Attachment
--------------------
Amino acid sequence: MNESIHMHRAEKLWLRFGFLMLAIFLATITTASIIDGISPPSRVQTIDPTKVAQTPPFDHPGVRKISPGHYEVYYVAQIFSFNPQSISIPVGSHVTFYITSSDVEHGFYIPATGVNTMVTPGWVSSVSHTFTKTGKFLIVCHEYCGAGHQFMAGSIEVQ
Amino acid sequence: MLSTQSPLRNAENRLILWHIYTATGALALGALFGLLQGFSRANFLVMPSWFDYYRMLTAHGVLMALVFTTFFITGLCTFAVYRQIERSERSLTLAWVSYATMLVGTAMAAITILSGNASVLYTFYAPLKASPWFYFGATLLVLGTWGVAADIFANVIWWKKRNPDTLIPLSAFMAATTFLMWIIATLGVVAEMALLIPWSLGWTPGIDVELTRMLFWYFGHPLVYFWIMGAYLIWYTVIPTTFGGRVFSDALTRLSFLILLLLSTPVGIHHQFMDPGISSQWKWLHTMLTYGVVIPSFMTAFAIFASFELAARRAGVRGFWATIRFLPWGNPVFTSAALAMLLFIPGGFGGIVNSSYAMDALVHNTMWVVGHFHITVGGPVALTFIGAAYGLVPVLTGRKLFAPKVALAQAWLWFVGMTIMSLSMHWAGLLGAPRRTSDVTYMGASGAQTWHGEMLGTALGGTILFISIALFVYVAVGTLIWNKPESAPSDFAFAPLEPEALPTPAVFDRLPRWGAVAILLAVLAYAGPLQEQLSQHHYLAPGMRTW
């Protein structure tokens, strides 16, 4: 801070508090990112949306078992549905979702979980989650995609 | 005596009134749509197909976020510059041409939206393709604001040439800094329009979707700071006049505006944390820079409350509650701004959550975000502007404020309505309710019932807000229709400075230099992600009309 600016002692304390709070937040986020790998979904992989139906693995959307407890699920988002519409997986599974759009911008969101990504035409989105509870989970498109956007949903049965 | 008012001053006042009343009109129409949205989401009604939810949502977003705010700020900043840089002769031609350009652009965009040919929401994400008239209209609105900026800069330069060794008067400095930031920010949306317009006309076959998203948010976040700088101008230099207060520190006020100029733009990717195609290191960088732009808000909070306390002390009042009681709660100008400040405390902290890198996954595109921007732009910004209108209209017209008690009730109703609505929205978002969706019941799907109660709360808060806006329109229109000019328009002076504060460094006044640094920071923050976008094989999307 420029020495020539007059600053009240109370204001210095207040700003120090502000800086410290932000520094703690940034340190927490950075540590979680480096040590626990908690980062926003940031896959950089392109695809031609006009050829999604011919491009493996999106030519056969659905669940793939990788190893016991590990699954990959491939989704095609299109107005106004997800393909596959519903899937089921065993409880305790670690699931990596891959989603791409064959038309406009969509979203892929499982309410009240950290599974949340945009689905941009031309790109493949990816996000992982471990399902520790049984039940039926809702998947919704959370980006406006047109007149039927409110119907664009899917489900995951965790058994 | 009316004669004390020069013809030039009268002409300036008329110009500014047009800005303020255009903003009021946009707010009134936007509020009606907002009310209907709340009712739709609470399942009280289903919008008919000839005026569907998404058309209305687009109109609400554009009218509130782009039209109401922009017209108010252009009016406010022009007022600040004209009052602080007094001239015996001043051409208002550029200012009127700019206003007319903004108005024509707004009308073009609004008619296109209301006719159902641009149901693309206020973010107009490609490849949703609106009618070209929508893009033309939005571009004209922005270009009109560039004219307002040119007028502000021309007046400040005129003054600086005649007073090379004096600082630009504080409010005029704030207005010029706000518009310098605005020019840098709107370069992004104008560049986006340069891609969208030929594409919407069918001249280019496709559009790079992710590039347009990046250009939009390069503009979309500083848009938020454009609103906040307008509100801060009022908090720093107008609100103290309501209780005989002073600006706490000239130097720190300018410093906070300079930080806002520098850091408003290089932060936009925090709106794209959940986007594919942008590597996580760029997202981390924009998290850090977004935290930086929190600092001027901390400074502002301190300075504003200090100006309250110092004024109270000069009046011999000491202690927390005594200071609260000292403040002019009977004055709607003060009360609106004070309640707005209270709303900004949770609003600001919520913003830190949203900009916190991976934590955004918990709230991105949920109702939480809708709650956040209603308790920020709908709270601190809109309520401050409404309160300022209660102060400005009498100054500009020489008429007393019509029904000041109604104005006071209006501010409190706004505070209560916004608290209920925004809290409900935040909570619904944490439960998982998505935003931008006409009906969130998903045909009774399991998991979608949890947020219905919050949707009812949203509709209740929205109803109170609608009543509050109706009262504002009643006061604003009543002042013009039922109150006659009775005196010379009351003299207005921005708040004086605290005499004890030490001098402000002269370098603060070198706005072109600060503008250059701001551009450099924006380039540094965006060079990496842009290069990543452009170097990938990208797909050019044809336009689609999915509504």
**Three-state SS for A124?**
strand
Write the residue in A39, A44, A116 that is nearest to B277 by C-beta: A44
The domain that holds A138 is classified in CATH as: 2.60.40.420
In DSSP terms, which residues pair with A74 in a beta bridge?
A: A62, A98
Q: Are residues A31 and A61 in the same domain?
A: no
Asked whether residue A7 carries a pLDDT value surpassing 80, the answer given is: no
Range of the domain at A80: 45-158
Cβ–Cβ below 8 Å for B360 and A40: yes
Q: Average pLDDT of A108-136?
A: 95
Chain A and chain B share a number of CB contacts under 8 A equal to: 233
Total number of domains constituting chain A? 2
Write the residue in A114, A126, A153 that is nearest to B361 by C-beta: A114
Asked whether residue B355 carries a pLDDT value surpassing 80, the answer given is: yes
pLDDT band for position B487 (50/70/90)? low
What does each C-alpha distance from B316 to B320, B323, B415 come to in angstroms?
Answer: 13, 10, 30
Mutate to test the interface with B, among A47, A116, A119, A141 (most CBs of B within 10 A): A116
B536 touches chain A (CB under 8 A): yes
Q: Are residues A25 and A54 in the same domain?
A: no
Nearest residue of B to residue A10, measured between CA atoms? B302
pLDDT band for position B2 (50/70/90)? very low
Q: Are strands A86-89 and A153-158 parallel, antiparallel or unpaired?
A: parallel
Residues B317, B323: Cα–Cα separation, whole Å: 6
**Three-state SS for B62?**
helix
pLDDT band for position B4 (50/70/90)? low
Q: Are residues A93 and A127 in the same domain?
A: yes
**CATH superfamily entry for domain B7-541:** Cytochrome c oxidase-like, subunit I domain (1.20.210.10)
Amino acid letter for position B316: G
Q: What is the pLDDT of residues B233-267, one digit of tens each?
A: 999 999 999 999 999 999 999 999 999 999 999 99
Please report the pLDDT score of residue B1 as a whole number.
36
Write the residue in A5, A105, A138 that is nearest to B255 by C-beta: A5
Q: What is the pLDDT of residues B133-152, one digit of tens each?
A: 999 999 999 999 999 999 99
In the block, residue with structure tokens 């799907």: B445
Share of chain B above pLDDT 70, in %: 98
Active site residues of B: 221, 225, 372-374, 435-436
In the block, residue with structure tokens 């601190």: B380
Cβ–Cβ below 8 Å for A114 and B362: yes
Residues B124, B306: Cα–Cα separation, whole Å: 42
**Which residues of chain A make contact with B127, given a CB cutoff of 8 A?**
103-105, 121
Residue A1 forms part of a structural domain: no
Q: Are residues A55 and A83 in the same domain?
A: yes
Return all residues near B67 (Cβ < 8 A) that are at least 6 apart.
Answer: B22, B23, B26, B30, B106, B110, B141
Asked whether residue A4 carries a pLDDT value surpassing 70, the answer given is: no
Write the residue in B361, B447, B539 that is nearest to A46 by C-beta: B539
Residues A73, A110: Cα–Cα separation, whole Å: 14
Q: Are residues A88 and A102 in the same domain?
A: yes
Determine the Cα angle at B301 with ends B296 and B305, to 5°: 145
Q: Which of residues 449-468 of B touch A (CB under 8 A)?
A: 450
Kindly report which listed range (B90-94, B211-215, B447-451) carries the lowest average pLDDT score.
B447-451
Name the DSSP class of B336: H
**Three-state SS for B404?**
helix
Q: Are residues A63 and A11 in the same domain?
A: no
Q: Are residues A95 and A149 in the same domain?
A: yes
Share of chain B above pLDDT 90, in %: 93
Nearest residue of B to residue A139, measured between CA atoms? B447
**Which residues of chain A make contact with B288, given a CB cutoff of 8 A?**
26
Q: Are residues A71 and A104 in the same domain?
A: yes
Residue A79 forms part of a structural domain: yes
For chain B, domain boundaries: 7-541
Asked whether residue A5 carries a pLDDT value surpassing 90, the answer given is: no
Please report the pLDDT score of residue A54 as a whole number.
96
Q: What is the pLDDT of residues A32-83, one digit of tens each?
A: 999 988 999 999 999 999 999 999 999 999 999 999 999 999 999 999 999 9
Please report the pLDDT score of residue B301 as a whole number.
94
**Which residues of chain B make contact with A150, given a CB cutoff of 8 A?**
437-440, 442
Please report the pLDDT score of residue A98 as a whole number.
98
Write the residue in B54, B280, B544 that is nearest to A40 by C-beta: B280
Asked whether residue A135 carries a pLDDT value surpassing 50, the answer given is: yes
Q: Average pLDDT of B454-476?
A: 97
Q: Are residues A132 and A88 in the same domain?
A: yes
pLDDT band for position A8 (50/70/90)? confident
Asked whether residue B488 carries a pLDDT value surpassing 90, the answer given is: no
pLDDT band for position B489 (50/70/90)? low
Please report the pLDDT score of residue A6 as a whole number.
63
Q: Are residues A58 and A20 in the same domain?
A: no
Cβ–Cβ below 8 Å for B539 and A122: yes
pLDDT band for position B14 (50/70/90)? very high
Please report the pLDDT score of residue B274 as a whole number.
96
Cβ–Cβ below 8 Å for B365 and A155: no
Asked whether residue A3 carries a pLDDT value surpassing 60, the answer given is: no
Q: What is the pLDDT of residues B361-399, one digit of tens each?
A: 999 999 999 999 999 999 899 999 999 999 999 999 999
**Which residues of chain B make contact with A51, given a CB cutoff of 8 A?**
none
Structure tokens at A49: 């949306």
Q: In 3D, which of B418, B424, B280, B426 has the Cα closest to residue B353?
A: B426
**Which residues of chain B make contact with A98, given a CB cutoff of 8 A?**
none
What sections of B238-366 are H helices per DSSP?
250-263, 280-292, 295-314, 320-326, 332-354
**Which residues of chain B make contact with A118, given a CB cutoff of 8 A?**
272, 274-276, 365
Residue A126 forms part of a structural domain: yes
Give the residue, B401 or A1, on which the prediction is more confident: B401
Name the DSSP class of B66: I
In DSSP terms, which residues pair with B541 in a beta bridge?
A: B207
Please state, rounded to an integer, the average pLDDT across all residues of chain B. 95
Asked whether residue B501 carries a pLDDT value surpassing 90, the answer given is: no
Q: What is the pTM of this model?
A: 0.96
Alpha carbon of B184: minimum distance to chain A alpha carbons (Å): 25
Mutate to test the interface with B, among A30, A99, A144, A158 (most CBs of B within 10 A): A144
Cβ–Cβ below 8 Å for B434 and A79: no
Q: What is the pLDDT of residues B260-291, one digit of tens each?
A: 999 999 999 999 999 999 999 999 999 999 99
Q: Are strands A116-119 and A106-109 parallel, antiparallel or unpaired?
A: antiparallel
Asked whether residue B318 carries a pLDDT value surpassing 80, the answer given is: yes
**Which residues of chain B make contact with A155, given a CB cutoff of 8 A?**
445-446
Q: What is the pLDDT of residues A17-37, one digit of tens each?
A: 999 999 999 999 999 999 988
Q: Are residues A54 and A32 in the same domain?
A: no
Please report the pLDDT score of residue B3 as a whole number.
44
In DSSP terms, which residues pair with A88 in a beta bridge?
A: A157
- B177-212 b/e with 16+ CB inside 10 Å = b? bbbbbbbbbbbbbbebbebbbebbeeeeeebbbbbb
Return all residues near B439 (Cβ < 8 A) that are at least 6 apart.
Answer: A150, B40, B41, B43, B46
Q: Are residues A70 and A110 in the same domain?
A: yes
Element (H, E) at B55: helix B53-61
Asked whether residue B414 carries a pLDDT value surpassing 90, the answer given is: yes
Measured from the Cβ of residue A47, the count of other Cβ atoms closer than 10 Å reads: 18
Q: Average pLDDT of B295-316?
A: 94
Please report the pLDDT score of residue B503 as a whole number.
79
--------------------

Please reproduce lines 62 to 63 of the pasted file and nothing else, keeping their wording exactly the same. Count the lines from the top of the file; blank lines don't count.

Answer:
Residues A73, A110: Cα–Cα separation, whole Å: 14
Q: Are residues A88 and A102 in the same domain?